Intervertebral Disc Disease and Paresis in a Dachshund

Check back legs

The case of an older dachshund with trouble using her back legs, the onset was sudden. The dog isn’t fat. Her front legs “work fine”.

Communication with owner:

She can barely feel her back feet. And she is “iffy’ about controlling the hind legs.

Which had to be separated from general weakness but her forelegs are sharp, well-nerved and functional.

Dr’s Notes: (Decreased CP hind and paresis] incomplete, toes respond to pinch.)


“Something” is pinching or pushing on her spinal cord INSIDE the spine-tube. (Vertebral column) 

Almost always, that’s an “intervertebral disc. Bulging.

(If it ruptures, her spine will be wrecked and REQUIRE surgery to walk-again)

(A $2000 MRI or CT Scan can separate bulge from ‘rupture’ for no reason at all.)

But we

(1) Can keep her very still, carry her around, up and down stairs, leash walks only for up to 6 weeks. This is to minimize further concussive pressure on the spine.

(2) Give her Prednisone for the swelling in the spine and inflammation in the disc

3] Give her a little muscle relaxer and some gabapentin for pain at the disc.

4) Protect her stomach with an antacid on the daily.

You can give Vitamin C because it speeds healing. They make Vitamin C gummies. She can take anywhere from 250mg to 500mg per day and it helps, a LOT. In more ways than you would ever think

If -hoping not- her back “fully pops” here’s how you’ll know:

(1) Her hind legs will barely move, if at all.

(2) You’ll be able to pinch the webbing between her toes and she won’t care.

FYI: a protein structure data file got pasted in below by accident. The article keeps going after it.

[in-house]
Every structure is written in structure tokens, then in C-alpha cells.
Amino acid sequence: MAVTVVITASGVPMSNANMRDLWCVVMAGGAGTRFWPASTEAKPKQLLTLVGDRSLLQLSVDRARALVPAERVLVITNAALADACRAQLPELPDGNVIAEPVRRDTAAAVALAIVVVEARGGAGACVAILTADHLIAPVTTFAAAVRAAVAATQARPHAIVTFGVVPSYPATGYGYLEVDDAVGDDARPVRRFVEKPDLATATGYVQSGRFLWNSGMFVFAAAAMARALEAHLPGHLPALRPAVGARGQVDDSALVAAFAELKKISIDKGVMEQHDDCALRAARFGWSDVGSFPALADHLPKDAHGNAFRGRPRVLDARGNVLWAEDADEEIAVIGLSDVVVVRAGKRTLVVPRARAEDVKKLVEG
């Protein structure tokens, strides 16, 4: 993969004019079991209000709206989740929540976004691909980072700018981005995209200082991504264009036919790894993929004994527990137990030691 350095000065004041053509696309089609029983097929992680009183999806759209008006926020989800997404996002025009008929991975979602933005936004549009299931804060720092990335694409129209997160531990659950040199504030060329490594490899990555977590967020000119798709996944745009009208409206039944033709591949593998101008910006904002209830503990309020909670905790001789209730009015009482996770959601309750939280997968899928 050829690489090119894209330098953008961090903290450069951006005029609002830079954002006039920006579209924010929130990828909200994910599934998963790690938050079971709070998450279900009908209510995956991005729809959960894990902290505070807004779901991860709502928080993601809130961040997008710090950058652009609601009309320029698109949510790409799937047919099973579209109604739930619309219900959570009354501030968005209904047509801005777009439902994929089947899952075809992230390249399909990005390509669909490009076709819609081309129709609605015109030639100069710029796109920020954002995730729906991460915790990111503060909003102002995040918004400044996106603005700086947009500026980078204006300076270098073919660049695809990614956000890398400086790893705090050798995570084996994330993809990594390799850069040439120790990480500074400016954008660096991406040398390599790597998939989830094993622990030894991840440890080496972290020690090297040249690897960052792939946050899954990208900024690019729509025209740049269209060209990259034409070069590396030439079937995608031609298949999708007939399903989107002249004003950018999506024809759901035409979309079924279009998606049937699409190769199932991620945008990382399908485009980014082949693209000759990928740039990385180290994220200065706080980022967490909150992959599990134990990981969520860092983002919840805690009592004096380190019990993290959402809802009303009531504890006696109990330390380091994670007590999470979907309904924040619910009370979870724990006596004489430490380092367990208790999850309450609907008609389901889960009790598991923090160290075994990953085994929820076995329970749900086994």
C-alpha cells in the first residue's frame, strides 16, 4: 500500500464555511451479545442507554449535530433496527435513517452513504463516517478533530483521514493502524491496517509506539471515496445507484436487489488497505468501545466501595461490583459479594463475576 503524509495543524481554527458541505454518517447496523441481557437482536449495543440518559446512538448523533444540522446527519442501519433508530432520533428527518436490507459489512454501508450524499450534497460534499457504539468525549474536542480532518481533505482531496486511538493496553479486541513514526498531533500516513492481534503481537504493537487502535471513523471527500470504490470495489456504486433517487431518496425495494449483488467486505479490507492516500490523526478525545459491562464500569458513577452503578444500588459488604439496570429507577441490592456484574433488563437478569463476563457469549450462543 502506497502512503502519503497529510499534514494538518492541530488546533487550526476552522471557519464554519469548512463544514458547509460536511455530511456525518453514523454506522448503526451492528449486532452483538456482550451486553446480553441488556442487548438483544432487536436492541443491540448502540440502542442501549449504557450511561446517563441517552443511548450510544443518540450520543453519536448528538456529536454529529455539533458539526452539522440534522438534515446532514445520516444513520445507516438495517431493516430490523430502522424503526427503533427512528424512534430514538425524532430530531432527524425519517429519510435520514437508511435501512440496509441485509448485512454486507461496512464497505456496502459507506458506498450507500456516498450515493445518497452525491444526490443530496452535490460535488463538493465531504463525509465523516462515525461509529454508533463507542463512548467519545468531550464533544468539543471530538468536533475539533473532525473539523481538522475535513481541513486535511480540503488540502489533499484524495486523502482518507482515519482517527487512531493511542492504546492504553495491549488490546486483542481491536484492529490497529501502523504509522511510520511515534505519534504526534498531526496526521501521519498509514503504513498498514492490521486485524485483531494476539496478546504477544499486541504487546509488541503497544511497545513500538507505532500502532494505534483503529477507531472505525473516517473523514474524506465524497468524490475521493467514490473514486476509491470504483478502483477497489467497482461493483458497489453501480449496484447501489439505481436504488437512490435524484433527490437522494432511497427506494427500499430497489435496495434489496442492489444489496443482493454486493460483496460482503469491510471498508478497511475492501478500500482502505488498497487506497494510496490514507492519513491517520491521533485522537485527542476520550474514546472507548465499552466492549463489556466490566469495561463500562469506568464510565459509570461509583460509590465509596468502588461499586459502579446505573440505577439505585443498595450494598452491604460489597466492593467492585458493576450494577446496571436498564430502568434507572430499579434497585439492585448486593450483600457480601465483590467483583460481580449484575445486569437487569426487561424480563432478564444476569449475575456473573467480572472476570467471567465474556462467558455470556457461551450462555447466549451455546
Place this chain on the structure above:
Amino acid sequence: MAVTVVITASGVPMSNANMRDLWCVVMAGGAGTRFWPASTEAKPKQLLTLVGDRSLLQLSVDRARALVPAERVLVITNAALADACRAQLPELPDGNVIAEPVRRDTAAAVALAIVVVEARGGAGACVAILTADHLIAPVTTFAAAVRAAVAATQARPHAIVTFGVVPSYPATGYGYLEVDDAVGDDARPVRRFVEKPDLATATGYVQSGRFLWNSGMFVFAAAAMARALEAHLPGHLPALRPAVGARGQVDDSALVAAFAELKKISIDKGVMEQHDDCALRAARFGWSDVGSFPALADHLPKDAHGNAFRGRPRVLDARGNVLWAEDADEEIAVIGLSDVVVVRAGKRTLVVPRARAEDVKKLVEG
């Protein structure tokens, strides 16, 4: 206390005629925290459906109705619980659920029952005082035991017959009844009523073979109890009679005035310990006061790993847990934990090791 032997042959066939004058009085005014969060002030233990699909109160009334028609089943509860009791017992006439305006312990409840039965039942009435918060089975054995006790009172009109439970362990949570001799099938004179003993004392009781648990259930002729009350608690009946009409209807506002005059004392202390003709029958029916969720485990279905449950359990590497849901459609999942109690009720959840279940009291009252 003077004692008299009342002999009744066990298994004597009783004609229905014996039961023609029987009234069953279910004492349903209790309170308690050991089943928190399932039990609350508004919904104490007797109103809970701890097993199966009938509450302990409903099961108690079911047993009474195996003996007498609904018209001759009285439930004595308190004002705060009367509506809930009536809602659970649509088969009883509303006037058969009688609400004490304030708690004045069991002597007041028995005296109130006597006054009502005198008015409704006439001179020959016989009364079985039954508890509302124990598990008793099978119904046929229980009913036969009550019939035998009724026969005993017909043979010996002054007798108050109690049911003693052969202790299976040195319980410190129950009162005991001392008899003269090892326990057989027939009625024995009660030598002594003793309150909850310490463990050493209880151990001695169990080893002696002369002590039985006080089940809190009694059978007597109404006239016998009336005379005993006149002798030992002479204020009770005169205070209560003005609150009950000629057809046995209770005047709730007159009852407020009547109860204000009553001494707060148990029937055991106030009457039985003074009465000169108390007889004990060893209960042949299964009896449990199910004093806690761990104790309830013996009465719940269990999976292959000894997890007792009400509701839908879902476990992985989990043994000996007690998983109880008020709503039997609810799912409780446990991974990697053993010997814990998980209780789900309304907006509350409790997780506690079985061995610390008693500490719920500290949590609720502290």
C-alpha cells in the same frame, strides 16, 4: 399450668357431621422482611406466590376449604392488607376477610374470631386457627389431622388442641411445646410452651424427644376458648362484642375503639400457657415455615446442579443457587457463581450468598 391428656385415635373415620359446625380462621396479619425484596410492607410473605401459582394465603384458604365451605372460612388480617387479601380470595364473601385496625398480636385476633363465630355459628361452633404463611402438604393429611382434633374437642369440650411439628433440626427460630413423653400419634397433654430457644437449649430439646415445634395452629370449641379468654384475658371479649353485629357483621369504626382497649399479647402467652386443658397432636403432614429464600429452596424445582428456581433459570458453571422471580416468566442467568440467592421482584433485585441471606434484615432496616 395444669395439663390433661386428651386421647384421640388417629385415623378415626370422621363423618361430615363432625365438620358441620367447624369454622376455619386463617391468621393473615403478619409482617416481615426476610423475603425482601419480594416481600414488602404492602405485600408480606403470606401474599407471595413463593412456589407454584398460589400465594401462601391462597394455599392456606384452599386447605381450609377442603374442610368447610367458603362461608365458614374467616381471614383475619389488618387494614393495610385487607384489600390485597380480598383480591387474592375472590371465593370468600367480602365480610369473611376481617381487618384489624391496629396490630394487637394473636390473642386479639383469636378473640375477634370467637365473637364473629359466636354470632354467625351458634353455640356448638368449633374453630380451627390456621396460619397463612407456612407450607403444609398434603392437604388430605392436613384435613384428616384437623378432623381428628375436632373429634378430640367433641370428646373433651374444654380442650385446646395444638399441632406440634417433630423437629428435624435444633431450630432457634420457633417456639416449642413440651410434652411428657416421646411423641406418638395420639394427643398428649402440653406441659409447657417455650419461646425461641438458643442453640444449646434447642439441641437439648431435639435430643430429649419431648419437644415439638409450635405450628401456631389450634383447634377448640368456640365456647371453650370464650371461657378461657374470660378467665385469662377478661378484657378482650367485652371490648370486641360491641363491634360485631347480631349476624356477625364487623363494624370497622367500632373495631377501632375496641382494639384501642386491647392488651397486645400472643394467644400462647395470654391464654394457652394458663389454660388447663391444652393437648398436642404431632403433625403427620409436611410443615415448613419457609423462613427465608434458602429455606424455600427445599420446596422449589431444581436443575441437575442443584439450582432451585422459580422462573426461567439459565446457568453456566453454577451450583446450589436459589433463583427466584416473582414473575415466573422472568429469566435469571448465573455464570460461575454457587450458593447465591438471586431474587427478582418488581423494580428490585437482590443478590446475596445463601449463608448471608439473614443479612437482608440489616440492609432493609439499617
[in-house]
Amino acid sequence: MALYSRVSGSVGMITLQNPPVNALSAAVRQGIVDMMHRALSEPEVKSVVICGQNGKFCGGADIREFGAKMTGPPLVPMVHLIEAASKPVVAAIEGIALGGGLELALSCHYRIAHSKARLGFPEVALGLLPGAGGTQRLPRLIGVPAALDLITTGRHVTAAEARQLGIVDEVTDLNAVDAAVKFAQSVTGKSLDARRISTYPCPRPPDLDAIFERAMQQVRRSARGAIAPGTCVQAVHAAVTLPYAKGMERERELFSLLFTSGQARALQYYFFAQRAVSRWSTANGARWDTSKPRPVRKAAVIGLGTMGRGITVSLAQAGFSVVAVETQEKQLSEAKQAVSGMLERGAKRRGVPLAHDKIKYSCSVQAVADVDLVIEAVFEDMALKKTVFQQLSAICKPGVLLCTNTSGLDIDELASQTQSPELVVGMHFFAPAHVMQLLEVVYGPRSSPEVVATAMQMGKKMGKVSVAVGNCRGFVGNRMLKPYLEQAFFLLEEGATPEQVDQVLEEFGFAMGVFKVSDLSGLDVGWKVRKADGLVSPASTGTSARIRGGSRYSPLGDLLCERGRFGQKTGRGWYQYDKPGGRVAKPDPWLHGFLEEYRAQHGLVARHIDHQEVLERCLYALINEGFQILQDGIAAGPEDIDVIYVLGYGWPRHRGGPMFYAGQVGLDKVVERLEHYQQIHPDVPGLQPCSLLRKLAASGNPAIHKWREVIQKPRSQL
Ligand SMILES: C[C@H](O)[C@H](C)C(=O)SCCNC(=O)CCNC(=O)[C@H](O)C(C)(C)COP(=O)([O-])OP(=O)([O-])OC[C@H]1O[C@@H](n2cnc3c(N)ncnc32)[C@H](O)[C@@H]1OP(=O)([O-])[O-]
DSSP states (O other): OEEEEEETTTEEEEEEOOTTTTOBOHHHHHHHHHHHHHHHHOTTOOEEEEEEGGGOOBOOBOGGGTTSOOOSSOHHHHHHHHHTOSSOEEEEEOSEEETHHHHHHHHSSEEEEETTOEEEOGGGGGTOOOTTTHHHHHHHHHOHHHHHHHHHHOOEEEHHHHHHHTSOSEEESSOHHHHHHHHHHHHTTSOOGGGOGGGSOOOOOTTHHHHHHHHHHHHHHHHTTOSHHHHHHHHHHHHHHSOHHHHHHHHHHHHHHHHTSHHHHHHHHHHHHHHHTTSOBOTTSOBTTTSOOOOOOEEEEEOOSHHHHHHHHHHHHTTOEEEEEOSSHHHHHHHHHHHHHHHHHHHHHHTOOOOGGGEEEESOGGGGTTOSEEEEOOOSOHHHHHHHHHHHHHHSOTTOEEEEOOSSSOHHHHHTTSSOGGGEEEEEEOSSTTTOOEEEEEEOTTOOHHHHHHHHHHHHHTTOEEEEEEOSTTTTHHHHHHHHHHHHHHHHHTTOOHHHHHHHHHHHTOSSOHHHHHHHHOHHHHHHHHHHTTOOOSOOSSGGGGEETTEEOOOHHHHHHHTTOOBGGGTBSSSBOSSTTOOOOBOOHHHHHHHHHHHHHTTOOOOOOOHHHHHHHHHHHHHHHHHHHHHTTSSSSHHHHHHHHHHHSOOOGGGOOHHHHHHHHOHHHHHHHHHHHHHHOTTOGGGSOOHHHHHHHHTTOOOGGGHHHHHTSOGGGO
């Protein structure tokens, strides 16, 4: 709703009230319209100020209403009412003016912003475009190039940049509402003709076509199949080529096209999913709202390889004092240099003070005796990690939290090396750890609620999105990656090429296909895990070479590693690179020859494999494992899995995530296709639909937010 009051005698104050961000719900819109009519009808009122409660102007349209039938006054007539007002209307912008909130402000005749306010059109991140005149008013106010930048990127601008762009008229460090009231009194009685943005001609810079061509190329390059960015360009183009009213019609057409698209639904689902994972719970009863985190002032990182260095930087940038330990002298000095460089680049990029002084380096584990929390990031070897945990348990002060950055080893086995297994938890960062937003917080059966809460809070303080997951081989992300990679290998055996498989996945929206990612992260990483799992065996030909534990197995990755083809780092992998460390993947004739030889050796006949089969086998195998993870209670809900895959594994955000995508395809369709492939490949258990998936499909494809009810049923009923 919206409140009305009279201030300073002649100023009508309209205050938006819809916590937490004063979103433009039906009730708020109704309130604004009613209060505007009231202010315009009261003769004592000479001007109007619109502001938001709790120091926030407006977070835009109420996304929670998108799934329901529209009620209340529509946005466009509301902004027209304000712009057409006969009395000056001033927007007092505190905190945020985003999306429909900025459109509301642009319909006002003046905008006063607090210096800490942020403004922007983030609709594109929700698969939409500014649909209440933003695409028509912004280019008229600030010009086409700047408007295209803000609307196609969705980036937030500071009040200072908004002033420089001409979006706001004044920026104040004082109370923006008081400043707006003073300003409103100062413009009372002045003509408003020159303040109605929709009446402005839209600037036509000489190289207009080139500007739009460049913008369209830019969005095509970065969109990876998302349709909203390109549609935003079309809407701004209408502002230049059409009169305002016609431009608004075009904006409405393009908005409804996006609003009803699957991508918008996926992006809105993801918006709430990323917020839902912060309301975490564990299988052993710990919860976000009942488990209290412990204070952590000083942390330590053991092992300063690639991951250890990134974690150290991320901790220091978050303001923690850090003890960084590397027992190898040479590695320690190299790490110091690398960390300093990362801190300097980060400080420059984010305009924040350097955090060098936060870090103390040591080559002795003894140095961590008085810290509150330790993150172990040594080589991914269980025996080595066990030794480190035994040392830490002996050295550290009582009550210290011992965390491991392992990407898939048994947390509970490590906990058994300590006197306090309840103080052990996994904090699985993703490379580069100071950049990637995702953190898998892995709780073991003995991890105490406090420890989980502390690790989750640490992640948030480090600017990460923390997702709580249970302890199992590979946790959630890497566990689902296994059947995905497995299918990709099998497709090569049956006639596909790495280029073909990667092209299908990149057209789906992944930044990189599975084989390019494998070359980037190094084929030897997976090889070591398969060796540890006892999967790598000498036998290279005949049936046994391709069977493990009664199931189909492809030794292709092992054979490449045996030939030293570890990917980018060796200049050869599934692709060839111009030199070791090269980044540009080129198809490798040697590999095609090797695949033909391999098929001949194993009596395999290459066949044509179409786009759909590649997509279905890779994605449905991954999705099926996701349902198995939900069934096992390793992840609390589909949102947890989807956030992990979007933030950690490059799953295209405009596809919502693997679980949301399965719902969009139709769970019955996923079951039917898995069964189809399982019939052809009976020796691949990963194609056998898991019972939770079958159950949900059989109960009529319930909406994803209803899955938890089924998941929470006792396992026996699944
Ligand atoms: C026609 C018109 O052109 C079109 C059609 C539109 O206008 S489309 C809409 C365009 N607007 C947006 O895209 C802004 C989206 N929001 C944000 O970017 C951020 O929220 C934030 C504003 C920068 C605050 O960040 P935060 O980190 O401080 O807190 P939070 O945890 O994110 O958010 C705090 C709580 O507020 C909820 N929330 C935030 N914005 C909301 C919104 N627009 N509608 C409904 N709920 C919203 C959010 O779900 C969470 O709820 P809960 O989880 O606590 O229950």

IF THAT HAPPENS • her “only hope” would be “decompression surgery” which would be about  $21,000 at Blue Pearl or maybe $7000 at Dogwood Vet, or a similar specialty practice.

HOPEFULLY she can be kept rather quiet and still, in a crate most of the time, leash-walked, carried on stairs, and her meds make her comfortable and reduce the issues with her Intervertebral Disc. NOT UNCOMMONLY, a bulging disc can stabilize and heal over 6 weeks. Sometimes they “go ahead and pop” however. 

There are OTHER possibilities for this but they are comparatively rare to even impossible and outside our consideration because, if it’s spinal cancer – she’s not going to be okay. And spending $5,000 to diagnose spinal cancer seems frivolous.


Author: Dr. Erik Johnson
Dr. Erik Johnson is the author of several texts on companion animal and fish health. Johnson Veterinary Services has been operating in Marietta, GA since 1996. Dr Johnson graduated from the University of Georgia College of Veterinary Medicine in 1991. Dr Johnson has lived in Marietta Georgia since 1976.